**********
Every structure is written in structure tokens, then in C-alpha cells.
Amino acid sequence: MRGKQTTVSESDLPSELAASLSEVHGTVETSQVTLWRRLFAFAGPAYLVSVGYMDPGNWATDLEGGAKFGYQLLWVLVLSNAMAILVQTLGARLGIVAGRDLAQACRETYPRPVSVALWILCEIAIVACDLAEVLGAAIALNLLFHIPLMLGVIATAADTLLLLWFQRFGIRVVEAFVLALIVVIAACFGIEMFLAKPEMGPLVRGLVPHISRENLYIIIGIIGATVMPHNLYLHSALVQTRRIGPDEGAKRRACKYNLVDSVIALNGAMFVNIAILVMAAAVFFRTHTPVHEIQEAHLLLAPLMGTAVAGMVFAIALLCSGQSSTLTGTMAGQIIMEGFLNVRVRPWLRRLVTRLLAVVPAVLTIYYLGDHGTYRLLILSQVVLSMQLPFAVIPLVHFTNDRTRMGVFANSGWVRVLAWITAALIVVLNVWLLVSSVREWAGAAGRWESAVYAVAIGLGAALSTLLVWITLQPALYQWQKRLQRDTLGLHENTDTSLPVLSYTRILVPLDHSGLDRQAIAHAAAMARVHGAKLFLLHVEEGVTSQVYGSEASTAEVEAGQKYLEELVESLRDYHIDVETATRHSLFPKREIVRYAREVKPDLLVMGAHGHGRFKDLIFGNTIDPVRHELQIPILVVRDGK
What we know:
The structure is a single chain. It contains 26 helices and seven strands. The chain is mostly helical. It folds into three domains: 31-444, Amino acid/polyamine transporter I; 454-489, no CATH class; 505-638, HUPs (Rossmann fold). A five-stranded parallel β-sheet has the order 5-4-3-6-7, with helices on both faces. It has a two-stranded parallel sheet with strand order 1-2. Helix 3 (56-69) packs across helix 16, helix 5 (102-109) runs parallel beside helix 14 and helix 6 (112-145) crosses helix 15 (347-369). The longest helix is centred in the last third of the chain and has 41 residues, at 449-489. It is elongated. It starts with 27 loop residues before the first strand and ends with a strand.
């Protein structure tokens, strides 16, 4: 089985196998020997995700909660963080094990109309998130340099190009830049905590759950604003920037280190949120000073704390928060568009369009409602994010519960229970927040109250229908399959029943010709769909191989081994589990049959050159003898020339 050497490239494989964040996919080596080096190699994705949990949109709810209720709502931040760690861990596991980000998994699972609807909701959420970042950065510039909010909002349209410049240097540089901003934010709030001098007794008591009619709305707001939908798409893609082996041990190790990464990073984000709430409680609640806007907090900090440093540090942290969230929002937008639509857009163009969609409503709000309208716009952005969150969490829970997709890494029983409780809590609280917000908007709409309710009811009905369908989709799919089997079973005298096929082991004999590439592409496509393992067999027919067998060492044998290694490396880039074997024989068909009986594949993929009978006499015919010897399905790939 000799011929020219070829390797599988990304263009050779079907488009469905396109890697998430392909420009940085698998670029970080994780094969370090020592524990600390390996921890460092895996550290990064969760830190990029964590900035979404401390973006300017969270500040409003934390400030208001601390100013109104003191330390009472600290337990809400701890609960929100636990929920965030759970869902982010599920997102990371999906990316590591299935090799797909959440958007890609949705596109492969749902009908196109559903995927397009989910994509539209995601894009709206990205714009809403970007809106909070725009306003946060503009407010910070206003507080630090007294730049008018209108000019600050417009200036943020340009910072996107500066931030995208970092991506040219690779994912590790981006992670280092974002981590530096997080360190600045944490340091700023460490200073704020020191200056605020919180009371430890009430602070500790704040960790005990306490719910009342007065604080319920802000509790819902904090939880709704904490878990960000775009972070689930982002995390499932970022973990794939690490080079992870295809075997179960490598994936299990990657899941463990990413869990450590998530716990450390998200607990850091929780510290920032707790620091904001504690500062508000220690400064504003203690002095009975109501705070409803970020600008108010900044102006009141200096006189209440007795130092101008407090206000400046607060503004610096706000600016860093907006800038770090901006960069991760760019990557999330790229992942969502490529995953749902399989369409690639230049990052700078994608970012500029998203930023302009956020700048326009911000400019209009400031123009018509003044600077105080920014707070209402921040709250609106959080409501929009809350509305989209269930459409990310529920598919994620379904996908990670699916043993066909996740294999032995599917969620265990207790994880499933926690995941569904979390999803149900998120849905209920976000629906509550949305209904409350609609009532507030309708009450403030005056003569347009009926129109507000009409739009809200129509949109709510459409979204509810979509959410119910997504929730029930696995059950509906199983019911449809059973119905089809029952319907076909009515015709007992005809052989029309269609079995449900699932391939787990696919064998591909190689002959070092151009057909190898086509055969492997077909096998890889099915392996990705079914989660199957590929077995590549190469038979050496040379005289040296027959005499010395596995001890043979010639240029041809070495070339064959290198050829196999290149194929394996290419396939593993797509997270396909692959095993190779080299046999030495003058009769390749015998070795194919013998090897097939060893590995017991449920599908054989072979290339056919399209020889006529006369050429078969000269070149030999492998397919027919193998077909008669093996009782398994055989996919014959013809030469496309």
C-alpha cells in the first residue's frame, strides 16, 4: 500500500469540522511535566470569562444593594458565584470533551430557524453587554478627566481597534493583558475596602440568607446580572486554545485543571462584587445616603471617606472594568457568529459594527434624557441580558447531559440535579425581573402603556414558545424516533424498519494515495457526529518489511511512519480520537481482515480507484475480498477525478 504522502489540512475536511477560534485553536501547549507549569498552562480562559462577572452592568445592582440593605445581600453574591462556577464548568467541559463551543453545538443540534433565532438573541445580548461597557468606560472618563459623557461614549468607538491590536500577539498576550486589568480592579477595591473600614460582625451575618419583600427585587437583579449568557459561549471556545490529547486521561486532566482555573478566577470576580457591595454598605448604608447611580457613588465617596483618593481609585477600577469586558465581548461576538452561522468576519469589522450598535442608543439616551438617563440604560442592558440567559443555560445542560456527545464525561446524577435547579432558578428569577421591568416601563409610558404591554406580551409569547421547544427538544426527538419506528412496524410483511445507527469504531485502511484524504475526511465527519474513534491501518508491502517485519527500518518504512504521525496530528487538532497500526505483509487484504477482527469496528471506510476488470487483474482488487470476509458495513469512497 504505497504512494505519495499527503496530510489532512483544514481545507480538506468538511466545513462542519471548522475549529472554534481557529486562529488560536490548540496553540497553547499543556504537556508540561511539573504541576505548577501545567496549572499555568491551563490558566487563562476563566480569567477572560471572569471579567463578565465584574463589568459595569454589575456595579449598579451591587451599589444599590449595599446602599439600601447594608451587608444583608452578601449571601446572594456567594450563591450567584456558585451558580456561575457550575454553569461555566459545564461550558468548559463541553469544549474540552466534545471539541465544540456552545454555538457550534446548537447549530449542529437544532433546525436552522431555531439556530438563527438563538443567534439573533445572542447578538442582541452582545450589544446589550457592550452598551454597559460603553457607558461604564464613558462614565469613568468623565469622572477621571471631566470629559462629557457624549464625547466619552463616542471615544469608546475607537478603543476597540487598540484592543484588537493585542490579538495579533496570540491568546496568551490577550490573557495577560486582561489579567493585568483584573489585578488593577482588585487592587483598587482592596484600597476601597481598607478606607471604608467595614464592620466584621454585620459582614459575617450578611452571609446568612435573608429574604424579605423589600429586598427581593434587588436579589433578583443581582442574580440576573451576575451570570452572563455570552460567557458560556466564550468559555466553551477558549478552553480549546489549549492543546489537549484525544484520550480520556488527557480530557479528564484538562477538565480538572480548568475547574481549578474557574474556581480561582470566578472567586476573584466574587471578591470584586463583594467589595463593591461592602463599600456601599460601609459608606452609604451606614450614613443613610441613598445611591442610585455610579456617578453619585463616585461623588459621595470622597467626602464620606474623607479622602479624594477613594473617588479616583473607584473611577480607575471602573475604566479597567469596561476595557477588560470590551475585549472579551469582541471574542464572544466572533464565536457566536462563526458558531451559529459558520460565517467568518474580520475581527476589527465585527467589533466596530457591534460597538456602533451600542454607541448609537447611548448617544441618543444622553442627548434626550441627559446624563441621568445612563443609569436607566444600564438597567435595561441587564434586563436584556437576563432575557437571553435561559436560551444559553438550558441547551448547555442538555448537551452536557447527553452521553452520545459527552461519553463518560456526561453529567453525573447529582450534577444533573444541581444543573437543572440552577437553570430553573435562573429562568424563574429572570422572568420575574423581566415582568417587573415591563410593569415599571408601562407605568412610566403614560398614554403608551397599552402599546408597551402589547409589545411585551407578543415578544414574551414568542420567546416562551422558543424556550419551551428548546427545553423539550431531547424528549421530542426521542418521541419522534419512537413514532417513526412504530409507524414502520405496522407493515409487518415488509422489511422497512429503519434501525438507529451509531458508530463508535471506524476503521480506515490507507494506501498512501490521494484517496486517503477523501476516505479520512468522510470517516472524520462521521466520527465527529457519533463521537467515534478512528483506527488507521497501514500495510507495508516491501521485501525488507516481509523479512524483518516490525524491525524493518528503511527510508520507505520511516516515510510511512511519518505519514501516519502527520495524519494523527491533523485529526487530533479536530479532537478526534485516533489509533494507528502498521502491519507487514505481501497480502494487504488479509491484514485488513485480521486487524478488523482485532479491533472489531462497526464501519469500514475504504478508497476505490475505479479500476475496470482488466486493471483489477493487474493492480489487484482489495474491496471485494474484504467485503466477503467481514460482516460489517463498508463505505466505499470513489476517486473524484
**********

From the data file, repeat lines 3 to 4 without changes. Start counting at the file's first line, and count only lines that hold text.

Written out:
What we know:
The structure is a single chain. It contains 26 helices and seven strands. The chain is mostly helical. It folds into three domains: 31-444, Amino acid/polyamine transporter I; 454-489, no CATH class; 505-638, HUPs (Rossmann fold). A five-stranded parallel β-sheet has the order 5-4-3-6-7, with helices on both faces. It has a two-stranded parallel sheet with strand order 1-2. Helix 3 (56-69) packs across helix 16, helix 5 (102-109) runs parallel beside helix 14 and helix 6 (112-145) crosses helix 15 (347-369). The longest helix is centred in the last third of the chain and has 41 residues, at 449-489. It is elongated. It starts with 27 loop residues before the first strand and ends with a strand.